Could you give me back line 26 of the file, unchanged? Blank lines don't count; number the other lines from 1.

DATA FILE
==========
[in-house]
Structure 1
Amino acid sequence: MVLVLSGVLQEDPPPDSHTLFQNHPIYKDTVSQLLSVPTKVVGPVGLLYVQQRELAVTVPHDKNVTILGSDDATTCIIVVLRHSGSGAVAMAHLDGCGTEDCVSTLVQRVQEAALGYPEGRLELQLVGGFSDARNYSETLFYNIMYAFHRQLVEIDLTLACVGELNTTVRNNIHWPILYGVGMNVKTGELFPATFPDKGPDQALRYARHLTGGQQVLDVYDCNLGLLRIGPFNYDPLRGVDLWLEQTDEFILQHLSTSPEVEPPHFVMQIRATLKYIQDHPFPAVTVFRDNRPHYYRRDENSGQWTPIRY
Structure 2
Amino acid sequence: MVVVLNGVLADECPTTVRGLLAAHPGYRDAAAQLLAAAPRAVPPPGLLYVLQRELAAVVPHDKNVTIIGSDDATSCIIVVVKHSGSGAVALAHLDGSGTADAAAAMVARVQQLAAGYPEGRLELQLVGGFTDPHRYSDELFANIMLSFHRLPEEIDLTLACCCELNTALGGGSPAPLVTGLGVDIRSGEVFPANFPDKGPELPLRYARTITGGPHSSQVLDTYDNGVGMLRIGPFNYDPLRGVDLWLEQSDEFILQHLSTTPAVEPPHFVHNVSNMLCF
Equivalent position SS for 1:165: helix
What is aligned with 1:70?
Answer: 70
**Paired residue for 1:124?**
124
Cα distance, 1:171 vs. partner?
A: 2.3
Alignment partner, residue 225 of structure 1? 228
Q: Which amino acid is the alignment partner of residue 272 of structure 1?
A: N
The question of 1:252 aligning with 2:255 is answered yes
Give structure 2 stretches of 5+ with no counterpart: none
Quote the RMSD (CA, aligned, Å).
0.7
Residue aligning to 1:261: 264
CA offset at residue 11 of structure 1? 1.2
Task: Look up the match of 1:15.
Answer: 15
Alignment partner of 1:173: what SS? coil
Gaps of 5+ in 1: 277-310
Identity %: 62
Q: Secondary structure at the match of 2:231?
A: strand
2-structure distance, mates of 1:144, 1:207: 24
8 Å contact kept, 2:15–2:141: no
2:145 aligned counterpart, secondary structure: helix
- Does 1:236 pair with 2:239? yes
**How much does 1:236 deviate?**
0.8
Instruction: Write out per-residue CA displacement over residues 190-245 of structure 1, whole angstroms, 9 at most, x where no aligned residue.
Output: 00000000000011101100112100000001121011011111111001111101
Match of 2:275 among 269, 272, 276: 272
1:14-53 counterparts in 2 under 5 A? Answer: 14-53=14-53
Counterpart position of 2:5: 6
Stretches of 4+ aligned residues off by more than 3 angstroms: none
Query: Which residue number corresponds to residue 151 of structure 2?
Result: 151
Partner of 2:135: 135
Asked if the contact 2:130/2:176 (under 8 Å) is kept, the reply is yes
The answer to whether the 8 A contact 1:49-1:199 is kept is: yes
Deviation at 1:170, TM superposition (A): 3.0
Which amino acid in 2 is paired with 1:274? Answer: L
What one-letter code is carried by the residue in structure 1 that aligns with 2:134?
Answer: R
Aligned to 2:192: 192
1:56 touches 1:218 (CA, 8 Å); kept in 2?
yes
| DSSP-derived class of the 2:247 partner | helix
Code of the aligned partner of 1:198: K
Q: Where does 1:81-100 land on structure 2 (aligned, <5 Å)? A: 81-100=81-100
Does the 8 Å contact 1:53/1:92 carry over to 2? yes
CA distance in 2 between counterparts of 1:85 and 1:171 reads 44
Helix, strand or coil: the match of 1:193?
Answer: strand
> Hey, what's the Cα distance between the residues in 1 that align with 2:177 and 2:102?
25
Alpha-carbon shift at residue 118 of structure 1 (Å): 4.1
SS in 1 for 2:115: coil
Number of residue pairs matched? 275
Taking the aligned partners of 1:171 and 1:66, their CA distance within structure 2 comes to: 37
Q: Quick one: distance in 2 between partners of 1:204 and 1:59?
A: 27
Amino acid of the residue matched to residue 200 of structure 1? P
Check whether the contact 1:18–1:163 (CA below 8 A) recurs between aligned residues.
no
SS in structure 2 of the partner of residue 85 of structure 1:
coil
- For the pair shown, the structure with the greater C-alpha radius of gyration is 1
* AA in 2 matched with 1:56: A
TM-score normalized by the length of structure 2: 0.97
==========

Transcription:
Identity %: 62